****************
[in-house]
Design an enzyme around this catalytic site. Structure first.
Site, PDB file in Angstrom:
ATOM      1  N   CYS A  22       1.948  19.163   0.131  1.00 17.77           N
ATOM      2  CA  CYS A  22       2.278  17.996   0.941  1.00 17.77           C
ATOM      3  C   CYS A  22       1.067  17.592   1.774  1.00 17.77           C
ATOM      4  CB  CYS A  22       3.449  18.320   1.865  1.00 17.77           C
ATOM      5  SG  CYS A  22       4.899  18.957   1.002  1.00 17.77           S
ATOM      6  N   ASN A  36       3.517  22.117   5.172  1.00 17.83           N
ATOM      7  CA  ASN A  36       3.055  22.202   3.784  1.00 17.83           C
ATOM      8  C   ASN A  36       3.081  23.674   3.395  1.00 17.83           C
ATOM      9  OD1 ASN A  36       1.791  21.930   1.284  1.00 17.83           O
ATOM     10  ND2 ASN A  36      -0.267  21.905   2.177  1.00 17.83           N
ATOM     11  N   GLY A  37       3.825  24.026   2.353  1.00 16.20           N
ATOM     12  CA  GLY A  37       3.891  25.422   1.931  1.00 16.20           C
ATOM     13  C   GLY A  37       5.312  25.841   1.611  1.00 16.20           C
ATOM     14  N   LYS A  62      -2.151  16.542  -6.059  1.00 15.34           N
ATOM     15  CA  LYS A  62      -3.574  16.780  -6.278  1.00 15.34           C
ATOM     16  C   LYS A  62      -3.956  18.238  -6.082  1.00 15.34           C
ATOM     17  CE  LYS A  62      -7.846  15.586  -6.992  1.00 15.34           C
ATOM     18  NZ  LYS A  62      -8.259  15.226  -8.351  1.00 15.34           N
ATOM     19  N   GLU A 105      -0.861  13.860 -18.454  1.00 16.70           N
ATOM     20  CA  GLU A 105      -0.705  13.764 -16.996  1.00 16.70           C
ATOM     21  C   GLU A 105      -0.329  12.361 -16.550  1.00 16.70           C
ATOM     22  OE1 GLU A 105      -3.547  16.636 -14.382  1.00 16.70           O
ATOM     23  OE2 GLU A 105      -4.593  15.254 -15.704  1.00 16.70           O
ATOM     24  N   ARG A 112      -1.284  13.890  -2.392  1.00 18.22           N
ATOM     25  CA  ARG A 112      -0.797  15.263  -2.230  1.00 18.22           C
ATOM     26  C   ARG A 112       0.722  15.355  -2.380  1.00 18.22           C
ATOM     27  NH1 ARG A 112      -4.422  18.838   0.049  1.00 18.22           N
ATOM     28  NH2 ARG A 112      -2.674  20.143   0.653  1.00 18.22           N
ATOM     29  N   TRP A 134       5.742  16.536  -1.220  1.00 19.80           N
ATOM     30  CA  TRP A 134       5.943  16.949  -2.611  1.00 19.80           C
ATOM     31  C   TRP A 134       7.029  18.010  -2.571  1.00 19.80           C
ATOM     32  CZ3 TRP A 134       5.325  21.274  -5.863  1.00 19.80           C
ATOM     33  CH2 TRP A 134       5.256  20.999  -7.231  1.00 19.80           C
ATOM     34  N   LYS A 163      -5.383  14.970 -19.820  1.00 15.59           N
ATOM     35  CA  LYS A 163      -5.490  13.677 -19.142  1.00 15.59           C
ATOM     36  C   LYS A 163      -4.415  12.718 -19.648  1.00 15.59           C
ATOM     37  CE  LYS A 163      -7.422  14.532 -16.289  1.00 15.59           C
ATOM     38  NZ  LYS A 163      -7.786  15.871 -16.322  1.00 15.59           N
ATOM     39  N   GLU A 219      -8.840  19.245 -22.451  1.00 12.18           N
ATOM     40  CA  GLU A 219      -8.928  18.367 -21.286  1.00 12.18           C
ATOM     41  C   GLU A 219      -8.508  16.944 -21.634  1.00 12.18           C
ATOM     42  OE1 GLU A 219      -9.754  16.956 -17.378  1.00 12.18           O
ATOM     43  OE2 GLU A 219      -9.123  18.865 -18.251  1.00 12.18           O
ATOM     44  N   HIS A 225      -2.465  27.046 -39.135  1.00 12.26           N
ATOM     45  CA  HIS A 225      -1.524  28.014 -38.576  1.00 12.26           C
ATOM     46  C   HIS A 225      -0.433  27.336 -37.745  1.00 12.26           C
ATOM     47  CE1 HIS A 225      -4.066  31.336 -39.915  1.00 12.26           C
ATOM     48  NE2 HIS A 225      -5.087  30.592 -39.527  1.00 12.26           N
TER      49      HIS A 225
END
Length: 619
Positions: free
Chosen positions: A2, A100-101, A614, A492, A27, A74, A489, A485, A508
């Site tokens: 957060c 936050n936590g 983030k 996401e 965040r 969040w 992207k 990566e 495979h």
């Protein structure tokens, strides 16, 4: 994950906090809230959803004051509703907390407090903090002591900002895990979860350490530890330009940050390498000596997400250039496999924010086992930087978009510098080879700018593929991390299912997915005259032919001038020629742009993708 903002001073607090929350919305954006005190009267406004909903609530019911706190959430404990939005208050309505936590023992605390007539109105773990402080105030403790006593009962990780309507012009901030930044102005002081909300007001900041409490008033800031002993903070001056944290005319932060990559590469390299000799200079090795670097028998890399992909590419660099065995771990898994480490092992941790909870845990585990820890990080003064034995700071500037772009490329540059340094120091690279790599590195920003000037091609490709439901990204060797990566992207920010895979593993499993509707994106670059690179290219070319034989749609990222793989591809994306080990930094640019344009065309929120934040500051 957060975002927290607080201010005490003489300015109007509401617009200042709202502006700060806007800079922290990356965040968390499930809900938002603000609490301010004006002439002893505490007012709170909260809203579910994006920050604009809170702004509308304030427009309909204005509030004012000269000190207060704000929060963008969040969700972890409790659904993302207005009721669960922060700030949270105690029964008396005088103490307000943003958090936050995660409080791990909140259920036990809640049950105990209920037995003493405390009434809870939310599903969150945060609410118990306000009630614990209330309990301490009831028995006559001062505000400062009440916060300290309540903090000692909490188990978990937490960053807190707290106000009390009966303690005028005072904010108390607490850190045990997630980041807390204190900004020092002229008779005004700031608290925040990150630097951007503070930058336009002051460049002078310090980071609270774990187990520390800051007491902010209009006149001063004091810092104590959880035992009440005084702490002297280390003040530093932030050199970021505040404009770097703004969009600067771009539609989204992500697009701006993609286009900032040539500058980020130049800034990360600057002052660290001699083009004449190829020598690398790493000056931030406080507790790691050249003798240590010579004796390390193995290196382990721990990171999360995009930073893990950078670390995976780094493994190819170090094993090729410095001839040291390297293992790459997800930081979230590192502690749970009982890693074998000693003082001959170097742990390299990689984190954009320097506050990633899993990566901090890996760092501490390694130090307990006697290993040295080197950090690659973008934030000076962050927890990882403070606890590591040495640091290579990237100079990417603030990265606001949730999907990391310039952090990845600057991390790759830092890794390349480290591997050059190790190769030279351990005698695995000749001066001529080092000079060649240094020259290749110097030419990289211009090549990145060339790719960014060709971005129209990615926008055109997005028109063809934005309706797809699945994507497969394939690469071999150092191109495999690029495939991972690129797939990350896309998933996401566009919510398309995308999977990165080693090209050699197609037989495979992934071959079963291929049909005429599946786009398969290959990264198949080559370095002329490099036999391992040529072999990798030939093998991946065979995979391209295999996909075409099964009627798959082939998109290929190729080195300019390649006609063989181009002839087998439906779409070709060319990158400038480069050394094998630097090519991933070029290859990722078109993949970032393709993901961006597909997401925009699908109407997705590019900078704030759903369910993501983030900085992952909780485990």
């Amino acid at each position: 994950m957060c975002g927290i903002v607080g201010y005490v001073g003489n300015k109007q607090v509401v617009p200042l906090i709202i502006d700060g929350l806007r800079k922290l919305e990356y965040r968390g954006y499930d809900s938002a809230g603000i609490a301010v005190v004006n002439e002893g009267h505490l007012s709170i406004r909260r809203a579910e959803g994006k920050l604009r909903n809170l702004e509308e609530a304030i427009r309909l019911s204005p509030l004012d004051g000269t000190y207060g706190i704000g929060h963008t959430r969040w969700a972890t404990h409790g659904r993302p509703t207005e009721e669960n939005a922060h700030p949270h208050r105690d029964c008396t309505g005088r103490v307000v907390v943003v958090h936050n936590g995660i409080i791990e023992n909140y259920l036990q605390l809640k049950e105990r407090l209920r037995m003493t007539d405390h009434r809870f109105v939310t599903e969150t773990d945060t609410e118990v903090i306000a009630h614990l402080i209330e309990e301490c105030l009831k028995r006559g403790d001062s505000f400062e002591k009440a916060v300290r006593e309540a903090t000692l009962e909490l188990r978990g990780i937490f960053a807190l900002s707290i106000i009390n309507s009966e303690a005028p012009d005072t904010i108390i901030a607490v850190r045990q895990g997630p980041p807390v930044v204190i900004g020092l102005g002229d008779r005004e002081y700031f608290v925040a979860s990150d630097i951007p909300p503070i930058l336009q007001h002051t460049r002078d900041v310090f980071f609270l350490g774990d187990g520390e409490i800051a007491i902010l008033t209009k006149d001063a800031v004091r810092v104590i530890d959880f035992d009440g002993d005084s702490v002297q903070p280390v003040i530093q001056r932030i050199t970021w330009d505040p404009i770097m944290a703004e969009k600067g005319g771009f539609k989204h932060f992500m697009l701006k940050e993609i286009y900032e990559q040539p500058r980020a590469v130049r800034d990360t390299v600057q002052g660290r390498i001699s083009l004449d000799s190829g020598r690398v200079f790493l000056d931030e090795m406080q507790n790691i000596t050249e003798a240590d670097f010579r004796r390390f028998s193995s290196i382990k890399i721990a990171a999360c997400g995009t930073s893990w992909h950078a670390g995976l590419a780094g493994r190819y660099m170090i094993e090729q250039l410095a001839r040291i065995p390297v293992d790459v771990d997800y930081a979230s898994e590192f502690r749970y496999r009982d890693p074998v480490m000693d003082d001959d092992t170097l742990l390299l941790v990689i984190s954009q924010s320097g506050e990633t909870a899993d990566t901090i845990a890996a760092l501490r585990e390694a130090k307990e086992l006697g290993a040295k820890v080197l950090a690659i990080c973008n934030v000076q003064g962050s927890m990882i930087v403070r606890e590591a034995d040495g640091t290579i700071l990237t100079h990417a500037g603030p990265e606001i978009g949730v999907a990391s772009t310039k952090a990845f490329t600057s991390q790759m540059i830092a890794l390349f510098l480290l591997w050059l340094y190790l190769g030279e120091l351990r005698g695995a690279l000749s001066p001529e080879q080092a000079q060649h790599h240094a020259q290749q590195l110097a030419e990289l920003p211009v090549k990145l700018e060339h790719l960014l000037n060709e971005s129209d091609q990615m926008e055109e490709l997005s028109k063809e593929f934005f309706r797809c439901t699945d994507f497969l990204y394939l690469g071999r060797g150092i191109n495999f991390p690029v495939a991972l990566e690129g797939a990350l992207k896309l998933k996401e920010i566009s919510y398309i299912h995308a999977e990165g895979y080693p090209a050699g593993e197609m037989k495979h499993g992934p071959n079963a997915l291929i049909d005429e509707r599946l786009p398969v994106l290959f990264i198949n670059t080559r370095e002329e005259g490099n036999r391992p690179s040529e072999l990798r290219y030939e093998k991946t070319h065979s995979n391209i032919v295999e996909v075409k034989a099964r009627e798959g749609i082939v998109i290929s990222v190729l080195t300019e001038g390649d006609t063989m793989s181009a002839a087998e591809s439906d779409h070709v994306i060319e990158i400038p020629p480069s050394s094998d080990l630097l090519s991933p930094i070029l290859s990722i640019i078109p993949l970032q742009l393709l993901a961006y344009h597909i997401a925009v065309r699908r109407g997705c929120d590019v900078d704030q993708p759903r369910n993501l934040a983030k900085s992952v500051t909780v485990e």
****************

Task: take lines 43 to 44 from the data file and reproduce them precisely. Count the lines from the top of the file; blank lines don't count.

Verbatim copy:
ATOM     40  CA  GLU A 219      -8.928  18.367 -21.286  1.00 12.18           C
ATOM     41  C   GLU A 219      -8.508  16.944 -21.634  1.00 12.18           C